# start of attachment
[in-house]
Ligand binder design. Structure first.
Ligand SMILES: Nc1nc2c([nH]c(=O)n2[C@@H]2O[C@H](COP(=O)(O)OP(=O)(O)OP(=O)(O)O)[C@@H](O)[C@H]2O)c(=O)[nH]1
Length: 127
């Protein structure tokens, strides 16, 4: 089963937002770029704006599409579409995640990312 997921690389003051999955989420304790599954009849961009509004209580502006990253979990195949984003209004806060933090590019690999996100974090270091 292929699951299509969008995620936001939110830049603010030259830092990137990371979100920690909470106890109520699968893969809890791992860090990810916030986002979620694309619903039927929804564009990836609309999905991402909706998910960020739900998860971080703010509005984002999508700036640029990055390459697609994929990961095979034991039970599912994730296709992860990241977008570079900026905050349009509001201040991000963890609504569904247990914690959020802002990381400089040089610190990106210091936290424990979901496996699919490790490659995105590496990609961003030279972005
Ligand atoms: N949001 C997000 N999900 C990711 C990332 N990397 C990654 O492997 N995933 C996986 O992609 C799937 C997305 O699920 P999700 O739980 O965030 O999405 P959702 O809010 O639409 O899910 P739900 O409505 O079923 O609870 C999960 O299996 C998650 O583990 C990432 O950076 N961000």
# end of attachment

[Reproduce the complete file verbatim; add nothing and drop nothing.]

[in-house]
Ligand binder design. Structure first.
Ligand SMILES: Nc1nc2c([nH]c(=O)n2[C@@H]2O[C@H](COP(=O)(O)OP(=O)(O)OP(=O)(O)O)[C@@H](O)[C@H]2O)c(=O)[nH]1
Length: 127
């Protein structure tokens, strides 16, 4: 089963937002770029704006599409579409995640990312 997921690389003051999955989420304790599954009849961009509004209580502006990253979990195949984003209004806060933090590019690999996100974090270091 292929699951299509969008995620936001939110830049603010030259830092990137990371979100920690909470106890109520699968893969809890791992860090990810916030986002979620694309619903039927929804564009990836609309999905991402909706998910960020739900998860971080703010509005984002999508700036640029990055390459697609994929990961095979034991039970599912994730296709992860990241977008570079900026905050349009509001201040991000963890609504569904247990914690959020802002990381400089040089610190990106210091936290424990979901496996699919490790490659995105590496990609961003030279972005
Ligand atoms: N949001 C997000 N999900 C990711 C990332 N990397 C990654 O492997 N995933 C996986 O992609 C799937 C997305 O699920 P999700 O739980 O965030 O999405 P959702 O809010 O639409 O899910 P739900 O409505 O079923 O609870 C999960 O299996 C998650 O583990 C990432 O950076 N961000």